On November 3, 2017, an enthusiastic Facebook post revealed ‘MIS Gilday,’ as ‘Cadet of the Week.’

His commander noted Gilday’s ‘enthusiasm and openness to learning.’ He was described as a ‘shining light’ in the class whose dedication had earned him tuition waiver.

The commander concluded, ‘We are excited to see what is in store for him.’

For his part, Gilday wrote that he decided to join the Army ROTC because, he viewed it as, ‘one of the few bastions of chivalry and apolitical service to the people.’

He continued: ‘One of the aspects of Warrior Battalion I most particularly appreciate is the high standards it sets for its Cadets. We are always motivated to excel academically, athletically and as leaders.’

He said that his membership of the program had ‘pushed’ him to set ‘higher standards of discipline’ for himself and to ‘act honorably and respectfully’ among his peers.

His listed as his favorite memory ‘the night of the land navigation’ during which he had ‘scoured dense vegetation’ and ended the day telling stories beneath the starts with fellow cadets.

He professed his hope to become an Army medic and belief that his time with Warrior Battalion would equip him with ‘the necessary skills’ he needed to succeed.

Gilday's mentor in Hawaii said it's possible the skills Gilday, above, learned in training helped him remain on the lam from last Tuesday until he was caught early Monday morning

Alforque said it’s possible the skills Gilday learned in training helped him remain on the lam.

‘We were taught to be ‘infantry” Alforque said. ‘Camouflage, stealth, and tactical.’

Gilday could be short-tempered at times, Alforque said, and was ‘easily triggered when he couldn’t finish a work or task I gave him while I was a senior Cadet.’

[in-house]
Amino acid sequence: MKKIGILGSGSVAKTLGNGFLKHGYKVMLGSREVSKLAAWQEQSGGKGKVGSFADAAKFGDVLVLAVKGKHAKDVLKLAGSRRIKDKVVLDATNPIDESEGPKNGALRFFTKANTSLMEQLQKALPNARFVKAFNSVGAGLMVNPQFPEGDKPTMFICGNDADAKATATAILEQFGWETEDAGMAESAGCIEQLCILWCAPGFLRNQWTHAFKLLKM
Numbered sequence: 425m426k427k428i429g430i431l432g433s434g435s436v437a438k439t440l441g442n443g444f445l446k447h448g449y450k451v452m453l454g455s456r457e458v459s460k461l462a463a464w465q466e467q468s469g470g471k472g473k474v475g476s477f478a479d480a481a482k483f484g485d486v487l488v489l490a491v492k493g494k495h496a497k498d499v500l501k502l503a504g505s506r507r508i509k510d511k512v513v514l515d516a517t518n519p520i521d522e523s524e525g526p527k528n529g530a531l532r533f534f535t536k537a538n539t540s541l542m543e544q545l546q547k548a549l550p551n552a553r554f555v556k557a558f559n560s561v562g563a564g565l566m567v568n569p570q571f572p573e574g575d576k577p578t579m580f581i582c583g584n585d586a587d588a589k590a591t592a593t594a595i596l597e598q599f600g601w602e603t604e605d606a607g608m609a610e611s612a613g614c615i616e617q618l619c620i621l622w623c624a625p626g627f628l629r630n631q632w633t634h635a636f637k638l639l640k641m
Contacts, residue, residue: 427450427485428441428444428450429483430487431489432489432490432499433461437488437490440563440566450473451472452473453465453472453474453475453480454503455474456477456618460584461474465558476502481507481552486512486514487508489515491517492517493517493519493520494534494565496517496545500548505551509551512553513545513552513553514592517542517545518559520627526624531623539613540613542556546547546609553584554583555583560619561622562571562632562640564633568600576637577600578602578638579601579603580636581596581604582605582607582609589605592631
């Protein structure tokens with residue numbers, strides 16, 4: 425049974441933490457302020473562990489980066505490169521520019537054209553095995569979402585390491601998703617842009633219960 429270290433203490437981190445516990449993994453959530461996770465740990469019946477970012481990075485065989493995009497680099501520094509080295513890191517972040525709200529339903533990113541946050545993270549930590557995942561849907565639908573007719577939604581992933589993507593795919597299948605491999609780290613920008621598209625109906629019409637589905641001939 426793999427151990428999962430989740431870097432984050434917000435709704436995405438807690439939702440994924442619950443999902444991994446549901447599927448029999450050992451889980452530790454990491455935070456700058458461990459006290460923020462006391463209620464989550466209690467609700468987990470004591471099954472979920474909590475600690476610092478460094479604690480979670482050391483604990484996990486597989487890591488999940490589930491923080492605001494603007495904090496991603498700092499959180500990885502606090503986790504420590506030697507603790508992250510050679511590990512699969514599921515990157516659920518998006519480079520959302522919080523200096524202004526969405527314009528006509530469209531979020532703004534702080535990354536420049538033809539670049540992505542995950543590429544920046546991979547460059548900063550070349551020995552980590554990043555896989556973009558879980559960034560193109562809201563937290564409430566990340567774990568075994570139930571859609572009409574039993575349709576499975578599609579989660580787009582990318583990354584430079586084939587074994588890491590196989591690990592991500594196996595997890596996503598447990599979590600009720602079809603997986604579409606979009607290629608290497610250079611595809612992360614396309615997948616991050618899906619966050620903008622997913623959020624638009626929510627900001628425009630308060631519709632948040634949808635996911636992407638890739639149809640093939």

On one occasion, Gilday became so aggressive during a house party that Alforque said he had to ‘choke him out to sleep’ to bring him under control.

But he had his quiet side, too. He posted an Instagram video of himself playing classical guitar asking people for campfire song recommendations. When his cat comes in, he says he named him Wilhelm, ‘after the last German Kaiser.’

Before returning to Kentucky, Gilday joined the military in Fort Huachuca, Arizona, where he texted his mentor about being jailed for attacking another officer.

‘I started a fight and now they’re trying to throw me out of the Army,’ he texted Alforque, asking him to supply a character reference.

‘I definitely overreacted, but it’s not characteristic of what kind of soldier I am,’ he added.

He said military brass thought he was ‘not Army material because I can’t take orders.

‘But that’s not true,’ he texted. ‘I’ve been following orders fine the past year. I just overreacted because I was worried about money and stuff and I didn’t know the guy.’

He said he spent two months in military prison.